The Canadian Space Agency recognized the opportunity early on. Soon after the announcement, the agency and Col. Hadfield began dreaming up ways they could engage the Canadian public on the six-month post.
Their mission: how to make space sexy for a generation of Canadians grown jaded by Hollywood trickery.
“We don’t have that many fly opportunities,” said Anna Kapiniari, the strategic communications manager with the CSA. “NASA is in space all the time, and we get to fly a Canadian astronaut only every couple of years. So, we really wanted to take advantage of the opportunity of having a human being in space. To tell a story. … [We] had a lot of brainstorming sessions, and we came up with a lot of crazy ideas. And in the end, we just kept the best ones. And that’s what you saw during this mission.”
At least that’s what NASA shows in a recently released photograph which combines data from their Chandra X-ray Observatory (blue), visible light obtained with the Hubble Space Telescope (gold) and radio waves from the National Science Foundation’s Very Large Array (pink).
“This multi-wavelength view shows 4C+29.30, a galaxy located some 850 million light years from Earth. The radio emission comes from two jets of particles that are speeding at millions of miles per hour away from a supermassive black hole at the center of the galaxy,” the Harvard-Smithsonian Center for Astrophysics wrote in a release explaining the image. (Harvard-Smithsonian Center for Astrophysics)
After floating around weightlessly for months, suddenly, he needs to keep his own head aloft. He feels dizzy. And because there are no callouses on his feet anymore, he says, he feels like he’s walking on hot coals.
A first trip to the gym was excruciating, he says, because it felt like two people had jumped on him when he was trying to do a situp.
”My neck is sore and my back is sore,” Hadfield told a news conference from Houston on Thursday.
”It feels like I played a hard game of rugby yesterday or played full-contact hockey yesterday and I haven’t played in a while.” (THE CANADIAN PRESS/AP, Mikhail Metzel)
“The [third flare] was also associated with a coronal mass ejection, or CME. The CME began at 9:30 p.m. EDT and was not Earth-directed. Experimental NASA research models show that the CME left the sun at approximately 1,400 miles per second, which is particularly fast for a CME. The models suggest that it will catch up to the two CMEs associated with the earlier flares,” NASA said on it’s website.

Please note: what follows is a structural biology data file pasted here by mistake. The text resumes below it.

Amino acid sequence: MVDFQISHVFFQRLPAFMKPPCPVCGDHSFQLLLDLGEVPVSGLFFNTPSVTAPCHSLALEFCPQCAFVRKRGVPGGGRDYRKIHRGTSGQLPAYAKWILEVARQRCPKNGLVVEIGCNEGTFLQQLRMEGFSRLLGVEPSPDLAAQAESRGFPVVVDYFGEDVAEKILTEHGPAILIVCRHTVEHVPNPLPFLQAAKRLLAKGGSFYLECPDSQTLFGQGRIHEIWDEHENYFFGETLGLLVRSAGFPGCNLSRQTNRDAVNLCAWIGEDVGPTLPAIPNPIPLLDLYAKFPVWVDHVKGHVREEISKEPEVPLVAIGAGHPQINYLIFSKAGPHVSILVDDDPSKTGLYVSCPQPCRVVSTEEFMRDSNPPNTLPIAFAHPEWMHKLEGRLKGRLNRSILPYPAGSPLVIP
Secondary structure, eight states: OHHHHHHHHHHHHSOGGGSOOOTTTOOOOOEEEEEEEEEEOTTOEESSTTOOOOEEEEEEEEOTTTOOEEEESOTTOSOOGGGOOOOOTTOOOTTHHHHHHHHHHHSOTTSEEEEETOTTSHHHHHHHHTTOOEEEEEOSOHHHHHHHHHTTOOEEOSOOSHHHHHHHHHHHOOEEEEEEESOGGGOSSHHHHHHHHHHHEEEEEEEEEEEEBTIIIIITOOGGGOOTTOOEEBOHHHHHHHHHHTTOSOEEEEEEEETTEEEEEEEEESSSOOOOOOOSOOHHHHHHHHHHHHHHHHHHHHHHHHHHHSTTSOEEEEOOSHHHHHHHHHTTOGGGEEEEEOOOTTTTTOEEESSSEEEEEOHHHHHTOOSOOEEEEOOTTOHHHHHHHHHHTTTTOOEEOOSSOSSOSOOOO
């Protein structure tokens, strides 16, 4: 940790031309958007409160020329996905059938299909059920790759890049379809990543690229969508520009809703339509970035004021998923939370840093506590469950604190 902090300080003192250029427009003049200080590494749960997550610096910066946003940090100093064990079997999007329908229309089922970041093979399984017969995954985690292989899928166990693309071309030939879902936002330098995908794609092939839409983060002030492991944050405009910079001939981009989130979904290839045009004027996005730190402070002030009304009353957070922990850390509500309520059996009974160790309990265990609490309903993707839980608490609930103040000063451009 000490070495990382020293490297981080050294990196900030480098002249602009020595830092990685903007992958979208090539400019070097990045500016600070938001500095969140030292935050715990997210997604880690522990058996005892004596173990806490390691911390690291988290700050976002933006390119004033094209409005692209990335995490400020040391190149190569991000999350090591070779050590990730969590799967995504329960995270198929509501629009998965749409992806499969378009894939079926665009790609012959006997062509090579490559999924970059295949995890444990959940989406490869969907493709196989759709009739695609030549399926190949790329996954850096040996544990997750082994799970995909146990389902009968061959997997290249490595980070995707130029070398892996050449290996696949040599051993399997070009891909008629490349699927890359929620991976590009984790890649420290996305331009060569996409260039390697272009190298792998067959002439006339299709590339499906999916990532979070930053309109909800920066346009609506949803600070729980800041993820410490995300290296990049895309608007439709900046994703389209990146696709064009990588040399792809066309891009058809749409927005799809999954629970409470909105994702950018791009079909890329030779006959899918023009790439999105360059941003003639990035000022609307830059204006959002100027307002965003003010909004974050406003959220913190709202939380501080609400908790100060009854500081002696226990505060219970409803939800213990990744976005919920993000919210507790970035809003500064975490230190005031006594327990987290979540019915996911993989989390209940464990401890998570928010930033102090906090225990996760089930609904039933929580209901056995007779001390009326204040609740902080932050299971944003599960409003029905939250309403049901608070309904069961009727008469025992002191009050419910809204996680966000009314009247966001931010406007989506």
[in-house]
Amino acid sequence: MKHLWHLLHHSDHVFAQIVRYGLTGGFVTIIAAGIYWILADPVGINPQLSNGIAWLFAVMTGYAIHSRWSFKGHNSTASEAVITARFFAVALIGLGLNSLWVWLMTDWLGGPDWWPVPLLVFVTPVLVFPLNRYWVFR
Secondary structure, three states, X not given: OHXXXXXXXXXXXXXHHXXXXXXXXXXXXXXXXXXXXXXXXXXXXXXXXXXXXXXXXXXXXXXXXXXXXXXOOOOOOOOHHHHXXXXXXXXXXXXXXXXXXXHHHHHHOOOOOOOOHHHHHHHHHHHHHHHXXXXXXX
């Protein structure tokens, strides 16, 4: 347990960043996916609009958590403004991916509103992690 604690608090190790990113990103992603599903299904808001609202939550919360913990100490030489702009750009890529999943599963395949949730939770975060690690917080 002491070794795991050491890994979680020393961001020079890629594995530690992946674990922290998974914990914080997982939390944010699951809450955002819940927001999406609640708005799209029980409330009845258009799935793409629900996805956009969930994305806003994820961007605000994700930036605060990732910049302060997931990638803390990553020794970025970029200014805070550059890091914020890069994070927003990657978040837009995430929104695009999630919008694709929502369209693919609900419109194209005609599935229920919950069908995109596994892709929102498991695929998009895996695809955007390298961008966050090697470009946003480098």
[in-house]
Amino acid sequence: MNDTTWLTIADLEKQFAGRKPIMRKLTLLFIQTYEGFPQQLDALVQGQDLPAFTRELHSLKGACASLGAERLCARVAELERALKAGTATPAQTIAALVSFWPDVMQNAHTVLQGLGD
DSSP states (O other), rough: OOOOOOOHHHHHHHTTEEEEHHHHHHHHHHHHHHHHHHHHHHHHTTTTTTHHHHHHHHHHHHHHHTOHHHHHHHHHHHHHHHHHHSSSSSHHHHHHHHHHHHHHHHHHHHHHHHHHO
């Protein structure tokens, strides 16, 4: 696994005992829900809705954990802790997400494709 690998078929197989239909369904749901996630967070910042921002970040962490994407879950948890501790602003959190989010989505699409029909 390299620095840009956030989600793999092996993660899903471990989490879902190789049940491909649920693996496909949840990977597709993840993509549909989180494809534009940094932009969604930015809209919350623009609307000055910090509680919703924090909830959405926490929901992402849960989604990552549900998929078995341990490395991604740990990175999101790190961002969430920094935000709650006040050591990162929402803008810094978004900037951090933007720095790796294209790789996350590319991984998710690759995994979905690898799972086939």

Solar flares are graded as A, B, C, M or X with each category being ten times more powerful than the one before it. The flares in the past day were all “X” flares, the first ones of 2013.
“‘X-class’ denotes the most intense flares, while the number provides more information about its strength. (NASA/SDO/AIA)
Seven lessons Chris Hadfield taught us from outer space After five months in orbit, astronaut Commander Chris Hadfield, the first Canadian to command the International Space Station, returned to Earth Monday night. The Post‘s Sarah Boesveld rounded up seven lessons he brought us from the great beyond:
1. Space is still awesome Planetary obsession has mostly been the domain of science nerds since the heyday of the Apollo missions, but Cmdr. Hadfield changed all that by bringing life on a space ship “down to earth” for every day people, said fellow Canadian astronaut David Saint-Jacques. “He’s brought space back into the public eye and he’s made it cool again,” he said. (Chris Hadfield; NASA; The Canadian Press)
The 53-year-old touched down in Kazakhstan on a Russian Soyuz capsule which was also carrying Russian cosmonaut Roman Romanenko and NASA astronaut Tom Marshburn — the same pair Hadfield blasted off with on Dec. 19, 2012.
The journey was Hadfield’s first return space flight inside the cramped Russian space capsule. The craft tore into the atmosphere before a parachute opened, slowing its descent until it hit the ground at 10:31 p.m. ET. (Canadian Space Agency)